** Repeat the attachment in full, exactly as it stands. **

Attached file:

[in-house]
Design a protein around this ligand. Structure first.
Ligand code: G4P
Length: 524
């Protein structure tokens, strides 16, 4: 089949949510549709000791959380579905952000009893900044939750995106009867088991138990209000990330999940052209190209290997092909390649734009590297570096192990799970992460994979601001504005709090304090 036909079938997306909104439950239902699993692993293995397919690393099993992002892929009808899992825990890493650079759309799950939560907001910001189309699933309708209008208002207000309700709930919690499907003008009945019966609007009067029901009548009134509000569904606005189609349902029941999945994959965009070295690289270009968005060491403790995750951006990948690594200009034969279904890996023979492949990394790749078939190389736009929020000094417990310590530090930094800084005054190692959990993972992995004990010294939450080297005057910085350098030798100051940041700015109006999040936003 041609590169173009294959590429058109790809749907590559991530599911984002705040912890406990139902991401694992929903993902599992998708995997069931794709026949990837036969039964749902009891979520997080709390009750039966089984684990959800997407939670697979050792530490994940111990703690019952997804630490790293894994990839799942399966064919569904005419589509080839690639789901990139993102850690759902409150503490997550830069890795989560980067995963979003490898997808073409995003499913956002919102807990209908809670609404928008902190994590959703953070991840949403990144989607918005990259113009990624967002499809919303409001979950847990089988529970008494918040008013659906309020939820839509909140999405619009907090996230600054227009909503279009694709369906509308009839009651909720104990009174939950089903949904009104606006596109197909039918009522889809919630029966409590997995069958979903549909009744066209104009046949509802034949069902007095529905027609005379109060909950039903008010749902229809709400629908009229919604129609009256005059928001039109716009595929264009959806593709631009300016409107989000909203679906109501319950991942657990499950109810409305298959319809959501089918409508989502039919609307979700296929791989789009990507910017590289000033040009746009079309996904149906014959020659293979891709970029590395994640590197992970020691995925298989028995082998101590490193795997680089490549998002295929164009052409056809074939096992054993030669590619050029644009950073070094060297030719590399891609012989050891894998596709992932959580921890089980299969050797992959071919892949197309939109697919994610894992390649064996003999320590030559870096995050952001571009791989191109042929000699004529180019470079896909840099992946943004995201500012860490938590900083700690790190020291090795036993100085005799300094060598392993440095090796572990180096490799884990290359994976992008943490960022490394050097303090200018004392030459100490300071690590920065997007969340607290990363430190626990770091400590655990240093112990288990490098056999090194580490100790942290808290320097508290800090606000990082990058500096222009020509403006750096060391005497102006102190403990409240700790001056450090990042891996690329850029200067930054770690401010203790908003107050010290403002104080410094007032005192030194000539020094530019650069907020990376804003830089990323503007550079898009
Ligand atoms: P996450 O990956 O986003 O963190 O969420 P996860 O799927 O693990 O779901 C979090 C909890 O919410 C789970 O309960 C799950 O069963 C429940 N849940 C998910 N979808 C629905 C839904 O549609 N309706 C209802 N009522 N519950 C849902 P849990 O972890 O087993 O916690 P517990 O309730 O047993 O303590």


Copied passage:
[in-house]
Design a protein around this ligand. Structure first.
Ligand code: G4P
Length: 524
């Protein structure tokens, strides 16, 4: 089949949510549709000791959380579905952000009893900044939750995106009867088991138990209000990330999940052209190209290997092909390649734009590297570096192990799970992460994979601001504005709090304090 036909079938997306909104439950239902699993692993293995397919690393099993992002892929009808899992825990890493650079759309799950939560907001910001189309699933309708209008208002207000309700709930919690499907003008009945019966609007009067029901009548009134509000569904606005189609349902029941999945994959965009070295690289270009968005060491403790995750951006990948690594200009034969279904890996023979492949990394790749078939190389736009929020000094417990310590530090930094800084005054190692959990993972992995004990010294939450080297005057910085350098030798100051940041700015109006999040936003 041609590169173009294959590429058109790809749907590559991530599911984002705040912890406990139902991401694992929903993902599992998708995997069931794709026949990837036969039964749902009891979520997080709390009750039966089984684990959800997407939670697979050792530490994940111990703690019952997804630490790293894994990839799942399966064919569904005419589509080839690639789901990139993102850690759902409150503490997550830069890795989560980067995963979003490898997808073409995003499913956002919102807990209908809670609404928008902190994590959703953070991840949403990144989607918005990259113009990624967002499809919303409001979950847990089988529970008494918040008013659906309020939820839509909140999405619009907090996230600054227009909503279009694709369906509308009839009651909720104990009174939950089903949904009104606006596109197909039918009522889809919630029966409590997995069958979903549909009744066209104009046949509802034949069902007095529905027609005379109060909950039903008010749902229809709400629908009229919604129609009256005059928001039109716009595929264009959806593709631009300016409107989000909203679906109501319950991942657990499950109810409305298959319809959501089918409508989502039919609307979700296929791989789009990507910017590289000033040009746009079309996904149906014959020659293979891709970029590395994640590197992970020691995925298989028995082998101590490193795997680089490549998002295929164009052409056809074939096992054993030669590619050029644009950073070094060297030719590399891609012989050891894998596709992932959580921890089980299969050797992959071919892949197309939109697919994610894992390649064996003999320590030559870096995050952001571009791989191109042929000699004529180019470079896909840099992946943004995201500012860490938590900083700690790190020291090795036993100085005799300094060598392993440095090796572990180096490799884990290359994976992008943490960022490394050097303090200018004392030459100490300071690590920065997007969340607290990363430190626990770091400590655990240093112990288990490098056999090194580490100790942290808290320097508290800090606000990082990058500096222009020509403006750096060391005497102006102190403990409240700790001056450090990042891996690329850029200067930054770690401010203790908003107050010290403002104080410094007032005192030194000539020094530019650069907020990376804003830089990323503007550079898009
Ligand atoms: P996450 O990956 O986003 O963190 O969420 P996860 O799927 O693990 O779901 C979090 C909890 O919410 C789970 O309960 C799950 O069963 C429940 N849940 C998910 N979808 C629905 C839904 O549609 N309706 C209802 N009522 N519950 C849902 P849990 O972890 O087993 O916690 P517990 O309730 O047993 O303590």